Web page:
Bell and Watson interview a Mr. Spaulding, whose wife Kathy went missing sometime ago, though her body was never found. He has no clue who Bundsch is, but he is a part of an online community for the families of murder victims and another member of the community, Cynthia Tilden, recognizes Bundsch’s name. On a Skype call with our detectives, (which was just audio with no video, something that makes sense later) Tilden says that Bundsch and her daughter dated in high school. Her daughter went missing as she was leaving her job. She never suspected her daughter’s ex, but did mention his family owned a remote cabin, which could be where he took his victims.
Holmes and Watson make arrangements to meet Tilden in her town, but she never shows. Holmes calls her number, but Bundsch answers, indicating he is holding Tilden hostage. The police are called, but when they arrive at Tilden’s residence, she has no idea who they are, nor does she have a daughter named Bonnie who was murdered. They’ve been duped. Holmes realizes that Bundsch is the worst kind of criminal: a serial killer and a catfish. He tortures and kills women and then uses social media to create profiles to stalk his victim’s families, playing on their pain. Jesus, this is my worst nightmare, seriously. Bundsch taunts Holmes by telling him that whatever he imagines he does to his victims, it’s actually much, much worse. For this, when Holmes confronts the man in his recording studio, he loses his cool and punches him.
It’s an understandable move, but it’s one that further hinders their case as Bundsch slaps a restraining order on our favorite pair of detectives. As Watson tends Holmes’s wounded hand (he broke his finger) and they figure out how to proceed, Holmes gets a text from the number Bundsch used when he pretended to be Mrs. Tilden. The address belongs to a Jenna Lombard, who was taken from her apartment. Bundsch now has a new victim and they have to race against time to find her. In his desperation to find Jenna before it’s too late, Holmes almost resorts to framing Bundsch, much like Samantha tried to do. The only catch being that it’s probably just what their killer wants him to do.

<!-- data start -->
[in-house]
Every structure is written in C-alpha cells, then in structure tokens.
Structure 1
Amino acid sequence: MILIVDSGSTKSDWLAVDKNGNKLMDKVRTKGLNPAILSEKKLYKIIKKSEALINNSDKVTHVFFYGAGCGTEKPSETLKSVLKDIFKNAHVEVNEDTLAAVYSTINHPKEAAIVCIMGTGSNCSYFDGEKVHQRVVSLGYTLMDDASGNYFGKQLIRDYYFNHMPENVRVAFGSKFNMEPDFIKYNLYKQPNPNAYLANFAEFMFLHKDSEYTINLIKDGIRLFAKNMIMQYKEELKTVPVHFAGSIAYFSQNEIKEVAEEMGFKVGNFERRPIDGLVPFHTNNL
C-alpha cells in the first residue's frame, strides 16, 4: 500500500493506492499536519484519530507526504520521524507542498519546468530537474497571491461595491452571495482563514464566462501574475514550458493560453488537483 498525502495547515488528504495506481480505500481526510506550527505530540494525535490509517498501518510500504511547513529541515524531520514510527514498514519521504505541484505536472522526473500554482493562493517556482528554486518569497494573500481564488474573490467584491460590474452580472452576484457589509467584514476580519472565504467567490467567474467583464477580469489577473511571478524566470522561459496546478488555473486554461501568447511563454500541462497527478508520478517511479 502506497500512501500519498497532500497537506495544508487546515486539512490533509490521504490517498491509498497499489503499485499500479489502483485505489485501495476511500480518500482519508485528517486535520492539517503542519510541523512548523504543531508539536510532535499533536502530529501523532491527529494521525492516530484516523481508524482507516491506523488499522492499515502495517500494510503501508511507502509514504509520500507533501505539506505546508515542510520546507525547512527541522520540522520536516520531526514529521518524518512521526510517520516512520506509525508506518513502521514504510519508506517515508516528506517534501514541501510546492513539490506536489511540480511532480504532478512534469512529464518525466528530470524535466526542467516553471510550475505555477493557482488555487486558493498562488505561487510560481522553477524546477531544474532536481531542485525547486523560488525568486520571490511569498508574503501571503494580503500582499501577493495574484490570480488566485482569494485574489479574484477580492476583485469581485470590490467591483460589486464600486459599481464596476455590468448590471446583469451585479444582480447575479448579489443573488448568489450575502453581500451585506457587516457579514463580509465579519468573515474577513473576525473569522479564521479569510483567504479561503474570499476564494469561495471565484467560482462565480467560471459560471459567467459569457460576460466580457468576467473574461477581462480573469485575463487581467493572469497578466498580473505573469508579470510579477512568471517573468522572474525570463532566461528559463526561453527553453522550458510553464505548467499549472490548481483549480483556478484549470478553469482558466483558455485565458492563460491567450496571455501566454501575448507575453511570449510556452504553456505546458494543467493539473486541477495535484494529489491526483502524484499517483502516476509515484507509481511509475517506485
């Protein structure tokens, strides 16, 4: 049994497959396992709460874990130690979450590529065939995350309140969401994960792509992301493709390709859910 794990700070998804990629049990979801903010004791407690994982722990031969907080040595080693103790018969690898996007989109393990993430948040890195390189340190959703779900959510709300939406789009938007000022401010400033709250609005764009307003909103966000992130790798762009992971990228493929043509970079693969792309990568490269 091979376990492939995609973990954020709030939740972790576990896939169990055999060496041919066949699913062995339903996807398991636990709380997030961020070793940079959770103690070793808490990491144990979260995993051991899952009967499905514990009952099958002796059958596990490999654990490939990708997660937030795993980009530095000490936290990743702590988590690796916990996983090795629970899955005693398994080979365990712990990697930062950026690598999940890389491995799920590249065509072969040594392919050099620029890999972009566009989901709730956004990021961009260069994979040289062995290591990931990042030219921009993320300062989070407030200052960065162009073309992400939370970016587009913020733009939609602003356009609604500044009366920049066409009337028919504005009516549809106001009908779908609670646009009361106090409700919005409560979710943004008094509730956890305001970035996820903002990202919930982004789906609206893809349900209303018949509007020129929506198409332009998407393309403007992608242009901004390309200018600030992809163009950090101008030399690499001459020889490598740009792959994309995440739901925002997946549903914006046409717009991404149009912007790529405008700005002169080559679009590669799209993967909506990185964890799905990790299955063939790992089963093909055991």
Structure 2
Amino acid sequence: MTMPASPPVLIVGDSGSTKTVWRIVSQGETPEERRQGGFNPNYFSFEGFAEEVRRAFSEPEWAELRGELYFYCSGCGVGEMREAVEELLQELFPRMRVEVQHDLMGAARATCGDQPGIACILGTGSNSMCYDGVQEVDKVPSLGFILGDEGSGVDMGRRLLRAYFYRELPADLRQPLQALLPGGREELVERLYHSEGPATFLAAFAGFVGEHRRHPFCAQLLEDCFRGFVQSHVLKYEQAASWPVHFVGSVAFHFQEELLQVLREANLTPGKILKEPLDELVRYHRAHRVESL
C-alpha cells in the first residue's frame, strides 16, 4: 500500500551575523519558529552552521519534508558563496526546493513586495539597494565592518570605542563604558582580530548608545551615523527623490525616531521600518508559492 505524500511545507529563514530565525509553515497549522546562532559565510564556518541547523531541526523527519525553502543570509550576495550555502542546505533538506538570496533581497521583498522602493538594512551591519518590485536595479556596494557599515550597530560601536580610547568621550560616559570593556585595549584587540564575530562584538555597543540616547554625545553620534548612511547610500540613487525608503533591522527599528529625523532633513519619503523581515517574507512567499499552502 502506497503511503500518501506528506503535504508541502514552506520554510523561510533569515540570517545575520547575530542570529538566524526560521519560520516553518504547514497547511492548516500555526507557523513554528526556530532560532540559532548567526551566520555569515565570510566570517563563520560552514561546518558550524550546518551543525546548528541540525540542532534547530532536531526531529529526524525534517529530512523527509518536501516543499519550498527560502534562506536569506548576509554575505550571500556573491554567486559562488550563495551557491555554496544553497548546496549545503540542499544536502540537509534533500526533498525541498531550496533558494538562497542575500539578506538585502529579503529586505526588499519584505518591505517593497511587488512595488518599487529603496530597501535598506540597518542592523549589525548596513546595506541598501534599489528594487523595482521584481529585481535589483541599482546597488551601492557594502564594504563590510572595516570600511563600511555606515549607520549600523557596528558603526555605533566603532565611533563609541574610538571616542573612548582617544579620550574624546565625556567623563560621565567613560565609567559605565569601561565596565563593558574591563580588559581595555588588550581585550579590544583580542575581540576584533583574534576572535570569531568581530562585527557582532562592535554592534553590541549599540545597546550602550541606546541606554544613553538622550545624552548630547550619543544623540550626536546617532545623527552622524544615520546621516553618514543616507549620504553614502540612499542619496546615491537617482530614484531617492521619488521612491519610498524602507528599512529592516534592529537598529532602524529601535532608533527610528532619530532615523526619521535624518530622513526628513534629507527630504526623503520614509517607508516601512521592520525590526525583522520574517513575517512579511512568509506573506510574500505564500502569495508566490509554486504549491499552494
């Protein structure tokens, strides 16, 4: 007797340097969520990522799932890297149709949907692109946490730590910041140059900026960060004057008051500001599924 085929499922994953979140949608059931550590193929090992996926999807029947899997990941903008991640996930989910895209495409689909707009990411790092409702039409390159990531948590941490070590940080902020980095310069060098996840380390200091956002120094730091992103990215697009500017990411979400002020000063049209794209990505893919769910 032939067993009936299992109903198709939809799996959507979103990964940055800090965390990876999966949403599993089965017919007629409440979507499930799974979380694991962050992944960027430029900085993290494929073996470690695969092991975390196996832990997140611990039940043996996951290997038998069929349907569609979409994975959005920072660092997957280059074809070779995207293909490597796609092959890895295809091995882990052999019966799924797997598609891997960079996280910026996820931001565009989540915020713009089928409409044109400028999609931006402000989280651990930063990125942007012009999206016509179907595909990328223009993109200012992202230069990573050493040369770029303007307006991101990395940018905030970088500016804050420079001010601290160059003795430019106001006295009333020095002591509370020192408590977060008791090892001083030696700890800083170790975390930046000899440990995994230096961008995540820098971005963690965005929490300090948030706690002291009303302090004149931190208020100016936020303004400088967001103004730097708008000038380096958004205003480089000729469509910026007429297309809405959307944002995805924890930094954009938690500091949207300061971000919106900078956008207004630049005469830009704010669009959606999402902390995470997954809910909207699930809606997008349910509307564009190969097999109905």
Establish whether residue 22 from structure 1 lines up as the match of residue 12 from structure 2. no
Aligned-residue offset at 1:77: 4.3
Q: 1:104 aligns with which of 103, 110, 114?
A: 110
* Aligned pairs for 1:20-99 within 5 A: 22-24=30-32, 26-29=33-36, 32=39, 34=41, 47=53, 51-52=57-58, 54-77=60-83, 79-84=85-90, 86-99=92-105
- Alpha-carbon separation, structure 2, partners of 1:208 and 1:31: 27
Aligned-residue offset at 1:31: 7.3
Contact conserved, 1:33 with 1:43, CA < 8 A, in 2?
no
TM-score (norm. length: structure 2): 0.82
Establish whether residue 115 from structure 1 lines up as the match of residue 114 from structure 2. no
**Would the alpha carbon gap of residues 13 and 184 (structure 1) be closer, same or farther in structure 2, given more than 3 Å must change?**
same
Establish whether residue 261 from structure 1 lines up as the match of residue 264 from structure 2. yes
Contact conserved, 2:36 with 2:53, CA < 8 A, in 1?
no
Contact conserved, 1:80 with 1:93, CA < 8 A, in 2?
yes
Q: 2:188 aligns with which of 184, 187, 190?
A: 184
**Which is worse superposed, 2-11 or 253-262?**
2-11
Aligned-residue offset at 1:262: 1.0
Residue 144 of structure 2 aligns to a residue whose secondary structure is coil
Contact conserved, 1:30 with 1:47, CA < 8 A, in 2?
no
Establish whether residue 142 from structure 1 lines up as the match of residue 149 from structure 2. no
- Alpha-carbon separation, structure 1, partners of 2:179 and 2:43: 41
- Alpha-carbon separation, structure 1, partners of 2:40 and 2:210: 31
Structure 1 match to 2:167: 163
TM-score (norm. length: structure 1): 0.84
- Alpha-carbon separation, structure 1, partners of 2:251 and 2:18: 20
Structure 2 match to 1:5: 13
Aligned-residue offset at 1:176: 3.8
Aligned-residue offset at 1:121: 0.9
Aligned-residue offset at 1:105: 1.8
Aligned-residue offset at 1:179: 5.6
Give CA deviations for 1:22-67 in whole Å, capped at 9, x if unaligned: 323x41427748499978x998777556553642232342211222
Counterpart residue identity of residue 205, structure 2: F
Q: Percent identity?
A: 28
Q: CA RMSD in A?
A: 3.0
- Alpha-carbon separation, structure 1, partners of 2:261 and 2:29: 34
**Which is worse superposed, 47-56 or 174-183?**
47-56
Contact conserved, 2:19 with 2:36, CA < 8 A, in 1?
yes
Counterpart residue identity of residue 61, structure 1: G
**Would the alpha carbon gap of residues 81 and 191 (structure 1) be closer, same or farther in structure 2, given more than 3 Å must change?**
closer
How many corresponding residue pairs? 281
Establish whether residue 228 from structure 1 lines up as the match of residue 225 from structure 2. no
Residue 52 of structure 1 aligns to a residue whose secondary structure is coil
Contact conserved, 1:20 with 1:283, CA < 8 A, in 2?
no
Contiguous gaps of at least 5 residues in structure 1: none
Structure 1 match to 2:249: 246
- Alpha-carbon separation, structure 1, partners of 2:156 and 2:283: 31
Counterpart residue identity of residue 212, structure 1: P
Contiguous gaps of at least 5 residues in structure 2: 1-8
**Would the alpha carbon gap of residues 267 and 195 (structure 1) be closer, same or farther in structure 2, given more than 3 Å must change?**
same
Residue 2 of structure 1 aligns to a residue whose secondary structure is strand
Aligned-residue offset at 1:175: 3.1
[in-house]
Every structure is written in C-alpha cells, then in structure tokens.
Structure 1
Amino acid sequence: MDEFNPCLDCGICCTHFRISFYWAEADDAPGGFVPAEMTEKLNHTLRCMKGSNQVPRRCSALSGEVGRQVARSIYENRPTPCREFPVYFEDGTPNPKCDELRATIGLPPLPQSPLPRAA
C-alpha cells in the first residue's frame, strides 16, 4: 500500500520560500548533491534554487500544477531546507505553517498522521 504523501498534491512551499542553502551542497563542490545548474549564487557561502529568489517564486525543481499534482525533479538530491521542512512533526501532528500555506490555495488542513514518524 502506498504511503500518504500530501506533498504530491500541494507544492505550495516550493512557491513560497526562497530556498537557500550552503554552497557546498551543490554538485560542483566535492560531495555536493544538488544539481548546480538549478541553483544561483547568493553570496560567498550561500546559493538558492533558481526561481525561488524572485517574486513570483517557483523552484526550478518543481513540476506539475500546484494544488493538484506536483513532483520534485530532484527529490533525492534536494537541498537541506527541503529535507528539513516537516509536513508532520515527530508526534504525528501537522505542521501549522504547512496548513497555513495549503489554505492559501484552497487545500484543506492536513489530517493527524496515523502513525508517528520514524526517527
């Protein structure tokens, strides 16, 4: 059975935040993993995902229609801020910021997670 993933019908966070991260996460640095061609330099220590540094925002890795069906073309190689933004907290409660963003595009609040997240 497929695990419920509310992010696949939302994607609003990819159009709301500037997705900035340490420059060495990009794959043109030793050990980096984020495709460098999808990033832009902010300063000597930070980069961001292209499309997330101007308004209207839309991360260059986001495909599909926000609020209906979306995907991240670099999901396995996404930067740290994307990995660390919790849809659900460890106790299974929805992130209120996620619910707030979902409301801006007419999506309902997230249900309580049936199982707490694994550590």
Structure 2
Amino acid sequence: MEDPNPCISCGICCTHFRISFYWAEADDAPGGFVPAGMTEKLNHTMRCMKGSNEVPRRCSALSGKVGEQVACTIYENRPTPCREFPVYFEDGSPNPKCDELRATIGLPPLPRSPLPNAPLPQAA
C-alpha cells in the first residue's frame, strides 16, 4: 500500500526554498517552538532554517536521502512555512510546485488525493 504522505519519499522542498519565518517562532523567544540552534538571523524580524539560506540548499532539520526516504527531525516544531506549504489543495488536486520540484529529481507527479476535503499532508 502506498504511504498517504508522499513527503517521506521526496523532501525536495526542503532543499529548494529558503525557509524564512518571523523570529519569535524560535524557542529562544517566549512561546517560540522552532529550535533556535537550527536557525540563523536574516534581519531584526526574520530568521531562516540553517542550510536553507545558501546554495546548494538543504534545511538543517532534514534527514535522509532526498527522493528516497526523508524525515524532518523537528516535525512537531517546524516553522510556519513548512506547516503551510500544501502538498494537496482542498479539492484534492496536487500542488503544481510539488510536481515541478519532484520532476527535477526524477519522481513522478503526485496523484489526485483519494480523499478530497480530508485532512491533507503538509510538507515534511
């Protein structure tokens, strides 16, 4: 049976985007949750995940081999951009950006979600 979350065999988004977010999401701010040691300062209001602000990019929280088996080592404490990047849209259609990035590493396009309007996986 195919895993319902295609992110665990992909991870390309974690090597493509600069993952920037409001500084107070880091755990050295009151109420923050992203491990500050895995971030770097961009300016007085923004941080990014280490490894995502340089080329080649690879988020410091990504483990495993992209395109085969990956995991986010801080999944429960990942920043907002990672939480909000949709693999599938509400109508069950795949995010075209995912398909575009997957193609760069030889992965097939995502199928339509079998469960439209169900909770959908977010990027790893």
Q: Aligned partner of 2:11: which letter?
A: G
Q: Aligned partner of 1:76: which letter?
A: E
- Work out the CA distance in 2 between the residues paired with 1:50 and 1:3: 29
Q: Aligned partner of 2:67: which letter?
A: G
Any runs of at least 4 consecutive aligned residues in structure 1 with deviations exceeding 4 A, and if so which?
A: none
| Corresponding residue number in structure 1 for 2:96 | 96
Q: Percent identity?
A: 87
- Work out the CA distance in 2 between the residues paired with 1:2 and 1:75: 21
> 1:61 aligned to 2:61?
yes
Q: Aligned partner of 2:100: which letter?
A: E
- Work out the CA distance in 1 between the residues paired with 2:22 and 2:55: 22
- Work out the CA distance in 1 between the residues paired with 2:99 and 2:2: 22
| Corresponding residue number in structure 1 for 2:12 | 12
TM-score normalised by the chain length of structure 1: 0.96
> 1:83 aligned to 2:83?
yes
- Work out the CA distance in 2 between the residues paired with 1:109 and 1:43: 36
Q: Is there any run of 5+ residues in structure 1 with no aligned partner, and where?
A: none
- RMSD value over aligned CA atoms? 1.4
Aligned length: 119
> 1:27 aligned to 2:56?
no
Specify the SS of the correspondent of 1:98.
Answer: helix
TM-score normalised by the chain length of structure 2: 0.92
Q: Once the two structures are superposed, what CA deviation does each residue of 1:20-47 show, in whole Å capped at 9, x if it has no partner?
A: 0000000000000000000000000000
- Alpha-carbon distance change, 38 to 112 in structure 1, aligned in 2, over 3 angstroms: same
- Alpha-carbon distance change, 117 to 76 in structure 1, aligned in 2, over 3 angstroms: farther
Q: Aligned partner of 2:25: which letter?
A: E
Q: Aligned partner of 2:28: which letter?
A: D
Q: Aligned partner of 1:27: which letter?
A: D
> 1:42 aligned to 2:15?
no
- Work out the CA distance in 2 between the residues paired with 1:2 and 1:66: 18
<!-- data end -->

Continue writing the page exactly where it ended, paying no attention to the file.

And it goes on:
He figures that Bundsch is keeping his victims where he spends most of his time, his recording studio. Old blueprints show that there is extra space in the studio. They find Jenna Lombard alive, and, to their surprise, one other victim: Kathy Spaulding. She, like all of Bundsch’s victims, was held for months at a time before she was killed. She is reunited with her husband and a serial killer is behind bars. With that momentum, Gregson takes a moment to call out his precinct on their attitude towards Holmes. Gregson will use ALL the resources at his disposal, including a rude, slightly anti-social British genius with a chip on his shoulder. Anyone who doesn’t like it can leave. The shot lingers on Coventry, who may be rethinking his place on the squad. I have a feeling this plotline isn’t over yet, and while the feelings of resentment are dealt with for now, I have a feeling that this will be used as a plot device in later episodes.
The most startling revelation comes at the end. Watson wonders why Holmes can’t at least try to be a little gentler when working with the NYPD. It’s because, he says, he is not a nice person. He is capable of social niceties when necessary, but his core is mean, cold, and logical. It’s different with Watson; she is an exceptional person, so he makes an exception for her (and maybe for Bell and Gregson.) Watson doesn’t think he can maintain that status quo; no one can. Holmes simply replies, “To thine ownself.”
So this was a darker episode to be sure, and there was very little of the show’s humor to be found, though I don’t think that’s necessarily a bad thing. Sometimes a change of pace and tone is needed. I’m interested to see where Holmes’ attitude takes him in the future. Will he continue to be an ass or will he take the path of emotional development we’ve been seeing this season? We shall see. ‘Til next time.